Songs from the hills

Songs from the hills

With all the music festivals the country has seen in the last year or two,it may be worth questioning if the MAD festival in Ooty will be any different.

With all the music festivals the country has seen in the last year or two,it may be worth questioning if the MAD festival in Ooty will be any different. If it lives up to its promise,it most certainly will. To begin with,MAD,here,stands as an acronym for music,arts and dance. Besides two stages for the music and dance performances there will an area which will be used to exhibit installations by a number of artists. The festival that starts on April 5 and lasts three days,will also have a designated area for paintball,a bazaar,a coffee lounge and food stalls and bars.

The brainchild of Kabir Ahmed,and organised entirely by the Bangalore-based company he works with — Cobalt Experiential Marketing — the idea of the festival originated from the desire to organise one that was more than just about music. The festival’s aim is to explore the untapped destinations in the country and promote music tourism. “We have such fantastic destinations in India and music tourism is so big everywhere,but we’re still not on the map of contemporary music festivals globally.”

After two years in Ooty,the festival will travel to a different location in the country. The most intriguing part of the festival,however,is that in a line-up of 48 acts,there isn’t a single electronic dance music act. This,Ahmed,says,was a deliberate decision. “What electronic dance music is today in the country,rock was a few years ago. It drowns out other genres. So it is a risk,but we don’t have any DJs in our line-up,” adds Ahmed. The idea,he says,was to have an “eclectic line-up” that would appeal to everyone.

This line-up now comprises acts from 10 different parts of the world,including favourites in the Indian music scene — The Raghu Dixit Project,Indian Ocean,Swarathma,Papon and the East India Company and Soulmate. Among the international acts are Franco-Moroccan singer Hindi Zarah; No Blues from Amsterdam,who play a mix of American folk music and Arabian music; and an Indian meets Flamenco music act from Poland called Indialucia.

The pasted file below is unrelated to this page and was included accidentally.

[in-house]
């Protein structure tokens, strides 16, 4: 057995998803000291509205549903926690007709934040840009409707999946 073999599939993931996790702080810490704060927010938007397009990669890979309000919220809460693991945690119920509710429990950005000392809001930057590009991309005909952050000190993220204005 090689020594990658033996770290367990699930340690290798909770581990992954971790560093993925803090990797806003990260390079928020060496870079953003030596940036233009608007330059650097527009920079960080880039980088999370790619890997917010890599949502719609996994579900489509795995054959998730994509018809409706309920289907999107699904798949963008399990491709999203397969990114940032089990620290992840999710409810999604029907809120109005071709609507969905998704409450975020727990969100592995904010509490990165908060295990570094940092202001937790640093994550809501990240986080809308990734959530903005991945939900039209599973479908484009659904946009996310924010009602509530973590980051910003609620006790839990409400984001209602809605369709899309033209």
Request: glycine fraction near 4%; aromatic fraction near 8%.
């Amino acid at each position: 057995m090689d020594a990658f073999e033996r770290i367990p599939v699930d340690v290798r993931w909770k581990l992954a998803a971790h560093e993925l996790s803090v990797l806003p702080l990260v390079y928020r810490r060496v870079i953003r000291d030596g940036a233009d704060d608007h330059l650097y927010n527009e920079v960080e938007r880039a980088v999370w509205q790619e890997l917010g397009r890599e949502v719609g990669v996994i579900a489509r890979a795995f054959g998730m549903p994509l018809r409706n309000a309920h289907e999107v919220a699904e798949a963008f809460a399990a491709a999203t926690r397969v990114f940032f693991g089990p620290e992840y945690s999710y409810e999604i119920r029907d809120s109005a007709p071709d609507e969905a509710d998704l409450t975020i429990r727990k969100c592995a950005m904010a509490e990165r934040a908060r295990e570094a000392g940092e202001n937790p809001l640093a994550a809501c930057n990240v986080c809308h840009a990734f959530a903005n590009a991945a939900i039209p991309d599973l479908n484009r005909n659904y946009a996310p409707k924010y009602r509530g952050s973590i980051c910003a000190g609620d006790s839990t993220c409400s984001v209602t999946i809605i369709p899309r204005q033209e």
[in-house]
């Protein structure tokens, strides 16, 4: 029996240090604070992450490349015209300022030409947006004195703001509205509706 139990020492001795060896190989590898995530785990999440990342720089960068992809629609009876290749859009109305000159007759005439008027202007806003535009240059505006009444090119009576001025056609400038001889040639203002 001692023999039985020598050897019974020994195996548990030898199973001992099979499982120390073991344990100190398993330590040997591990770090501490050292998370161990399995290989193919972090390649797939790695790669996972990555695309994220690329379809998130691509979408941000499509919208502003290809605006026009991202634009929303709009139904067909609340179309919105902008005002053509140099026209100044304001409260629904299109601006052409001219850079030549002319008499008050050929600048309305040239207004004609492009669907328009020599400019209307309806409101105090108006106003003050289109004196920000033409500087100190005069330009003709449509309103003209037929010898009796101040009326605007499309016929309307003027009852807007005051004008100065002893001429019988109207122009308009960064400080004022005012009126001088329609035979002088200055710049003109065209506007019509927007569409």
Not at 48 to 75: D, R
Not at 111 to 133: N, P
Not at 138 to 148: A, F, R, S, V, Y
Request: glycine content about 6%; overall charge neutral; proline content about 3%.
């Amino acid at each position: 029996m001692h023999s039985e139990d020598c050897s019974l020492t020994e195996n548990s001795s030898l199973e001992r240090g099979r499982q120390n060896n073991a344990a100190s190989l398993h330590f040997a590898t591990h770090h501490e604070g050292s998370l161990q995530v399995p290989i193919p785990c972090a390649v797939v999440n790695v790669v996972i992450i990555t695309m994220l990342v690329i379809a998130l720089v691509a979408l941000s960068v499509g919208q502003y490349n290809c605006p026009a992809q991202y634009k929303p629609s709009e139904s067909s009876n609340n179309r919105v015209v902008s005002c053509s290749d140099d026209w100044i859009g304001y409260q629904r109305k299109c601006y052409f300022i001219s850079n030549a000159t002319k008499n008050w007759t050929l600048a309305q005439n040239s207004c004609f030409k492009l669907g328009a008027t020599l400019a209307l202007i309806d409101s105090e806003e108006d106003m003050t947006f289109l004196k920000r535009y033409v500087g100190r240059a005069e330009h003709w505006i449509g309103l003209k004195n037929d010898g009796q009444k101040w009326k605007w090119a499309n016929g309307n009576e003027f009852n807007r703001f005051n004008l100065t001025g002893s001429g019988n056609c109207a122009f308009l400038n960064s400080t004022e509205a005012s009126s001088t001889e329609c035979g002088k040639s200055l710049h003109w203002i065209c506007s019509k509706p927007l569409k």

These renowned international and Indian artistes will not,however,be the only performers at the festival. The Nilgiri hills are home to a number of tribes and six of these will play a large part in the festival. “These tribes are the original custodians of the land,but have been pushed out of their own homes. We want people to be able to interact with them because the kind of knowledge they have is incredible,” says Ahmed.

Besides the music and activities on offer,the other attraction is the venue itself. Located not far from the city centre is the Palace,a historic site built in the 19th century. This palace will play host to the festival. As the story goes,in 1844,the first Fernhills bungalow was built as a private residence by Captain F. Cotton of the Madras Engineers Regiment. Legend has it that even today,in the dead of the night,you can hear the ballroom of the palace echo with the laughter of women,the soft notes of the piano and the tapping of the dancers’ feet.